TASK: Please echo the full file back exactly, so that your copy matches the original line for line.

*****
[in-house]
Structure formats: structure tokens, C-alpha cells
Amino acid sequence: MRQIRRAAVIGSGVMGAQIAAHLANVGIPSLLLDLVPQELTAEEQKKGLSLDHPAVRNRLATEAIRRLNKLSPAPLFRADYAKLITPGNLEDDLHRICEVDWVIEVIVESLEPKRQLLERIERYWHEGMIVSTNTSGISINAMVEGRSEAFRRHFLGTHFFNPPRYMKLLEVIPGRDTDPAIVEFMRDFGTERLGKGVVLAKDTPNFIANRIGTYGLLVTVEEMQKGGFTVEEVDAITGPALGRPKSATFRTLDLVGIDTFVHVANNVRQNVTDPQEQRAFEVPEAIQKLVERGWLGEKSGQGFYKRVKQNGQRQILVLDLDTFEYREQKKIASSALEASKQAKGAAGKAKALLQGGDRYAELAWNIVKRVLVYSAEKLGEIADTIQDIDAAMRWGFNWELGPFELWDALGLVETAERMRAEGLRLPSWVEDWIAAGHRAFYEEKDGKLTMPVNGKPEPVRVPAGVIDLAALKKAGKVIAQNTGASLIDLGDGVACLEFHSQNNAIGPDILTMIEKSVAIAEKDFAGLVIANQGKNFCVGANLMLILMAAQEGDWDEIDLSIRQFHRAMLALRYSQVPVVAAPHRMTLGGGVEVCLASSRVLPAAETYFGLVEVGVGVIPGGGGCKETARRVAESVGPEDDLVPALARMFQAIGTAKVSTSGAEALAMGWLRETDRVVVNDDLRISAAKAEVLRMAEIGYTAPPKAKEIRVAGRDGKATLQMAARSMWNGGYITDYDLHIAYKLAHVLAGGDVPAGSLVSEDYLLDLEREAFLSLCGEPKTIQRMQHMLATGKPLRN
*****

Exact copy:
[in-house]
Structure formats: structure tokens, C-alpha cells
Amino acid sequence: MRQIRRAAVIGSGVMGAQIAAHLANVGIPSLLLDLVPQELTAEEQKKGLSLDHPAVRNRLATEAIRRLNKLSPAPLFRADYAKLITPGNLEDDLHRICEVDWVIEVIVESLEPKRQLLERIERYWHEGMIVSTNTSGISINAMVEGRSEAFRRHFLGTHFFNPPRYMKLLEVIPGRDTDPAIVEFMRDFGTERLGKGVVLAKDTPNFIANRIGTYGLLVTVEEMQKGGFTVEEVDAITGPALGRPKSATFRTLDLVGIDTFVHVANNVRQNVTDPQEQRAFEVPEAIQKLVERGWLGEKSGQGFYKRVKQNGQRQILVLDLDTFEYREQKKIASSALEASKQAKGAAGKAKALLQGGDRYAELAWNIVKRVLVYSAEKLGEIADTIQDIDAAMRWGFNWELGPFELWDALGLVETAERMRAEGLRLPSWVEDWIAAGHRAFYEEKDGKLTMPVNGKPEPVRVPAGVIDLAALKKAGKVIAQNTGASLIDLGDGVACLEFHSQNNAIGPDILTMIEKSVAIAEKDFAGLVIANQGKNFCVGANLMLILMAAQEGDWDEIDLSIRQFHRAMLALRYSQVPVVAAPHRMTLGGGVEVCLASSRVLPAAETYFGLVEVGVGVIPGGGGCKETARRVAESVGPEDDLVPALARMFQAIGTAKVSTSGAEALAMGWLRETDRVVVNDDLRISAAKAEVLRMAEIGYTAPPKAKEIRVAGRDGKATLQMAARSMWNGGYITDYDLHIAYKLAHVLAGGDVPAGSLVSEDYLLDLEREAFLSLCGEPKTIQRMQHMLATGKPLRN